Does this rule out a motion sensor even if it can be overridden?

If it can be overridden, it is not "automatic only".
Don

[This message has been edited by resqcapt19 (edited 11-05-2005).]
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#96116 - 11/05/05 05:24 AM Re: Occupancy sensor
iwire Offline
Moderator

Registered: 01/05/03
Posts: 4343
Loc: North Attleboro, MA USA
Don the question still remains which way must the override work?

Override it ON, OFF or both?

It seems self explanatory that in the Elec room you would want to override the light ON but it does not say that.

I think there may be a conflict with the energy codes with a ON override.

Bob
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#96117 - 11/05/05 06:00 AM Re: Occupancy sensor
Tiger Offline
Member

Registered: 05/04/05
Posts: 714
Loc: Crystal Lake, IL USA
Leviton's Occupancy sensor that replaces a switch is Catalog No. 6768. (if anyone can provide a link).

It states in the catalog "Push-botton manual override allows controls to be used like standard ON/OFF switches;

manual-ON/Auto-OFF mode"

I read that as the unit overriding the ON.

Dave

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#96118 - 11/05/05 07:02 AM Re: Occupancy sensor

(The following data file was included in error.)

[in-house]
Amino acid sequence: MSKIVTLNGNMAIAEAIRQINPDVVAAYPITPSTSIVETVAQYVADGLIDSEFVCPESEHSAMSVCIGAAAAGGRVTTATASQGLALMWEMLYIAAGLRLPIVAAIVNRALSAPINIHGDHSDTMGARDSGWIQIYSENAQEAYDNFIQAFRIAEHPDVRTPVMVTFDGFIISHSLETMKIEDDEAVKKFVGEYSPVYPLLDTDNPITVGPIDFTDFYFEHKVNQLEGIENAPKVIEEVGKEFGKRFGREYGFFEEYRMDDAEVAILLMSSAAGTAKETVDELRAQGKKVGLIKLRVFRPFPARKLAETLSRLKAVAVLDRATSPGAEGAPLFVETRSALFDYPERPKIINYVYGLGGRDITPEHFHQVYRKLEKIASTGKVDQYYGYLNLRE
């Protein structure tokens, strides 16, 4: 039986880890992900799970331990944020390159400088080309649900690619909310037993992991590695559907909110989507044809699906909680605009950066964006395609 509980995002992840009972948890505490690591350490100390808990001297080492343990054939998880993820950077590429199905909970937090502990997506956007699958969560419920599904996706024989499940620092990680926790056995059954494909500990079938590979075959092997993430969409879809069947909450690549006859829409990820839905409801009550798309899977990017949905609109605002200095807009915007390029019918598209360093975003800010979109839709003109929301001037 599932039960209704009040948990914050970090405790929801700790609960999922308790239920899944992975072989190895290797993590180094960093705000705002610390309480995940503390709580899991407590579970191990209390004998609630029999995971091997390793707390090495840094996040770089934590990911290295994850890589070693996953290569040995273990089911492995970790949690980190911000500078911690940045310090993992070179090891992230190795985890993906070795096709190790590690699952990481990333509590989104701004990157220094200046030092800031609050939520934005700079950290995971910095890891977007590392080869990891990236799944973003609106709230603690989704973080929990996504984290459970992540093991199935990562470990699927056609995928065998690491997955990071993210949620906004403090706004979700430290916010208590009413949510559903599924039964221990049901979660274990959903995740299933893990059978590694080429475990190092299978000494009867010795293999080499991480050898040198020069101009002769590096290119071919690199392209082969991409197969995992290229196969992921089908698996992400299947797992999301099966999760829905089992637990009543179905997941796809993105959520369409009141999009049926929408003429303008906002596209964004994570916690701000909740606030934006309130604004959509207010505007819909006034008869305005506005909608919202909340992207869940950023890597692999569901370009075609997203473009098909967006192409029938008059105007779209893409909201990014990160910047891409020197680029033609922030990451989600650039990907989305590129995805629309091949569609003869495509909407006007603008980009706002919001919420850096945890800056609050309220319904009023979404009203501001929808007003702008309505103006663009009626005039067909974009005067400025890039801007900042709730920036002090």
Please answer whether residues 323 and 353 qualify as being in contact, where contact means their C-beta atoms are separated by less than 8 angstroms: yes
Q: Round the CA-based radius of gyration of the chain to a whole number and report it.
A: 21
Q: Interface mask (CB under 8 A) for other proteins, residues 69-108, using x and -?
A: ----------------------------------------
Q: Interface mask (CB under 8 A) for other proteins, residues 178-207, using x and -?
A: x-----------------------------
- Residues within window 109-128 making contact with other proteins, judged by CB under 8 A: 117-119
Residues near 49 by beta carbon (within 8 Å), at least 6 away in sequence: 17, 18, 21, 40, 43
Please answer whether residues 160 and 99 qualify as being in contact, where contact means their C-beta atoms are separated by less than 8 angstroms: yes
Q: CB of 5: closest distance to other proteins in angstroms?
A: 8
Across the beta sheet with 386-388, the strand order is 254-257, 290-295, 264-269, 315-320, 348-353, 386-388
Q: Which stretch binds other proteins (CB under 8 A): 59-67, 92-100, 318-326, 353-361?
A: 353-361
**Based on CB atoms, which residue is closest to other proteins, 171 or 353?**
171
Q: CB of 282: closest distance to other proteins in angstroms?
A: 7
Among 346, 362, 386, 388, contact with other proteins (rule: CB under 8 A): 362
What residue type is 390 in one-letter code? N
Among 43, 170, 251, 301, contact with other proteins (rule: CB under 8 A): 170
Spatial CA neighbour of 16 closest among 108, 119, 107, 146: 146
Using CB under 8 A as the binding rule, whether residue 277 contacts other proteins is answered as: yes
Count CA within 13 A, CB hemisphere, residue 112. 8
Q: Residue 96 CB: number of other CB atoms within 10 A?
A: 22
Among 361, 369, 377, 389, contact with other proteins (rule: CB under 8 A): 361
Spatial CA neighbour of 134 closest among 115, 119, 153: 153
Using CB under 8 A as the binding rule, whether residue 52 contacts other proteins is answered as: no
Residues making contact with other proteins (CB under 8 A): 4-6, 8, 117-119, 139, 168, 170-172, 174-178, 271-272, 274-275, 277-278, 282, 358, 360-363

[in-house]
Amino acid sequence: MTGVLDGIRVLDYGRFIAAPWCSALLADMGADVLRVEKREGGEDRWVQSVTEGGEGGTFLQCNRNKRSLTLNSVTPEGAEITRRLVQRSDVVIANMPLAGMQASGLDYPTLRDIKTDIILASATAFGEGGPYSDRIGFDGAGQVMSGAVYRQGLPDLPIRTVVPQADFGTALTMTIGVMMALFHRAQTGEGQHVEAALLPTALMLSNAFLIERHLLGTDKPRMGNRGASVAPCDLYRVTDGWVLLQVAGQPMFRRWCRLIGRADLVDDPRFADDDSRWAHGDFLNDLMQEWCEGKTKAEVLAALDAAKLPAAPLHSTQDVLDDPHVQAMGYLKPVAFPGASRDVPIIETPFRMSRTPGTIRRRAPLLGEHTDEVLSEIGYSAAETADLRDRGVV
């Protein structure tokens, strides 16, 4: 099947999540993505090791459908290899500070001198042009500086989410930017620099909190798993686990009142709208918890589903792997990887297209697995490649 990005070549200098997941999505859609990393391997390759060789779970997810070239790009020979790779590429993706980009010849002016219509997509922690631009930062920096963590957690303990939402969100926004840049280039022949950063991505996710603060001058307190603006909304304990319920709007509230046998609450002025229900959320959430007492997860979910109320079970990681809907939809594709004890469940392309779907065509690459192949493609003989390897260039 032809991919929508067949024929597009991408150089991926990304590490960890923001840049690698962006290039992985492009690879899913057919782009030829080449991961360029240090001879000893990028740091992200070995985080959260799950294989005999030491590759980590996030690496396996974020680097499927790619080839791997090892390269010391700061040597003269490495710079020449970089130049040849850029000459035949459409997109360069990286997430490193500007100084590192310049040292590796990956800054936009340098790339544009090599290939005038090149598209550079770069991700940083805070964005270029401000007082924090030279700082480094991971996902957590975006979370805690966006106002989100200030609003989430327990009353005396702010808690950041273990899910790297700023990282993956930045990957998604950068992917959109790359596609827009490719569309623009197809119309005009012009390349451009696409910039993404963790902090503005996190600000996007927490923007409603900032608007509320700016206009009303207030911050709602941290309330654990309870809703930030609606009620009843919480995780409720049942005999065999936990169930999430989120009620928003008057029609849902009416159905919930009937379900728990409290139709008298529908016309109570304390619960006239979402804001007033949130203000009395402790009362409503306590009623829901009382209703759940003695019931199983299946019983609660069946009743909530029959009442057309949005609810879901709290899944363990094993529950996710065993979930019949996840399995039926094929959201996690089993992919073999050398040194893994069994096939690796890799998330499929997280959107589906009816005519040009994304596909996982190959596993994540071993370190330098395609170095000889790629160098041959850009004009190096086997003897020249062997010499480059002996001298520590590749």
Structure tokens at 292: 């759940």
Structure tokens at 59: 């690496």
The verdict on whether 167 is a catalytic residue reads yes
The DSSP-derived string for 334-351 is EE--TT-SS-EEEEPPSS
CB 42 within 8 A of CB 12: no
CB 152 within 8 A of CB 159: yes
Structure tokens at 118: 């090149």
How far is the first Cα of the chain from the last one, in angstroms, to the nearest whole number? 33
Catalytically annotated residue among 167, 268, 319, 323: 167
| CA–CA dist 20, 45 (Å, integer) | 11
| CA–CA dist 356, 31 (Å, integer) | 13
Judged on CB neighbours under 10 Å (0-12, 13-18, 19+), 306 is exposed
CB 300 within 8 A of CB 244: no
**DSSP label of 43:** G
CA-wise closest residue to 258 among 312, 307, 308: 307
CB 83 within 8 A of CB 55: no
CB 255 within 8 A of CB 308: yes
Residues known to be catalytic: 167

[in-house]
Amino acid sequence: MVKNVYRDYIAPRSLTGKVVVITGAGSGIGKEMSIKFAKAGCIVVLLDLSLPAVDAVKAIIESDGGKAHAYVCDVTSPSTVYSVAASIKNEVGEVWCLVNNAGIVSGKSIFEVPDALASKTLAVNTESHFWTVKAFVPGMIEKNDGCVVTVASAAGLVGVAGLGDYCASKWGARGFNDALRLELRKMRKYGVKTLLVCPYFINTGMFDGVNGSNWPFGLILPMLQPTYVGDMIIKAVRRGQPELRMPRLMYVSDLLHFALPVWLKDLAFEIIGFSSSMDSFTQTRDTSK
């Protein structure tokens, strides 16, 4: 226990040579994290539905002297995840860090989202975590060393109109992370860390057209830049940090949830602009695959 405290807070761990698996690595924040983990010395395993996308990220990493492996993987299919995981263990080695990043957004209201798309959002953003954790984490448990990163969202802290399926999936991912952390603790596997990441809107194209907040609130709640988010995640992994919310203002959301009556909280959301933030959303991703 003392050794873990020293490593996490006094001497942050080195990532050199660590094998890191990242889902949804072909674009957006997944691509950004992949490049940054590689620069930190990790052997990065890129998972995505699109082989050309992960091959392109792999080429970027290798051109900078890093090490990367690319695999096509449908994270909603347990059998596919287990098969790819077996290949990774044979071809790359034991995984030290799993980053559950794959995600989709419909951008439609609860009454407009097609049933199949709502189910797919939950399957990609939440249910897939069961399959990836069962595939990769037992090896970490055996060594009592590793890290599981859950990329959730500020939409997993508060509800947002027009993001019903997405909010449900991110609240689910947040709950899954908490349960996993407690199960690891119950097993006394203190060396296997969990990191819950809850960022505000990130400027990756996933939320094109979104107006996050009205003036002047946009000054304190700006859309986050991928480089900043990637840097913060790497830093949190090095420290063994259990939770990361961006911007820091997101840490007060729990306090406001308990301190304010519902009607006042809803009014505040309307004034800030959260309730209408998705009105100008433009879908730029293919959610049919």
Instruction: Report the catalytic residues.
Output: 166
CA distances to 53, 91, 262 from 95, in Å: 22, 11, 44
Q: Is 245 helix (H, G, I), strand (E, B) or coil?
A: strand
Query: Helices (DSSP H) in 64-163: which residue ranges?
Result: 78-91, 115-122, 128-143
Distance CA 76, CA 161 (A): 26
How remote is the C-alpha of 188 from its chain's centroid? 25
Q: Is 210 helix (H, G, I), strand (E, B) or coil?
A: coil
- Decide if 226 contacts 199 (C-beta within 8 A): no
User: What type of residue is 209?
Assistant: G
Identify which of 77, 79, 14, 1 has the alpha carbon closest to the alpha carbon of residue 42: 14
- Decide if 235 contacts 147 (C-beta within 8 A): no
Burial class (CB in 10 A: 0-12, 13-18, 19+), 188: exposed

HLCbuild Offline
Member

Registered: 12/05/04
Posts: 206
Loc: Herndon,Va USA
Seems to me if it is required to function as a wall switch, it must be able to turn on and off...just as a wall switch will do.

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#96119 - 11/05/05 09:04 AM Re: Occupancy sensor
gfretwell Offline

Member

Registered: 07/20/04
Posts: 9045
Loc: Estero,Fl,usa
If it replaces the wall switch it is clear it must have both manual on and off capability. The question is with "in addition to..."
Basically is the M/D wired in series or parallel?
I think it is ultmately a design decision. I have about 20 in and out of the house so can argue both sides of that ;-)
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#96120 - 11/05/05 01:35 PM Re: Occupancy sensor
HLCbuild Offline
Member

Registered: 12/05/04
Posts: 206
Loc: Herndon,Va USA
I think it would have to be wired in parallel. If it was in series and the primary wall switch were in the off position it would not allow the motion switch to "function as a wall switch".

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#96121 - 11/05/05 06:25 PM Re: Occupancy sensor
Tesla Offline
Member

Registered: 06/16/04
Posts: 1280
Loc: Sacramento, CA
These switches -- WattStopper, etc. -- inregards to 210.70 (A) exception 2 are for habitable spaces.

In all my days, I've never installed one in an electrical or service room.

The energy conservation rules kick intelligence in at 100 square feet whenever it would not create a hazard.

If you're in the room, the automatic feature triggers it on...with a delay after your departure.

You can kill it anyway so as to permit viewing movies, TV, or sleeping.

The device logic always requires power ahead of its own switching. So the automatic switch is in series with the manual override built into the device.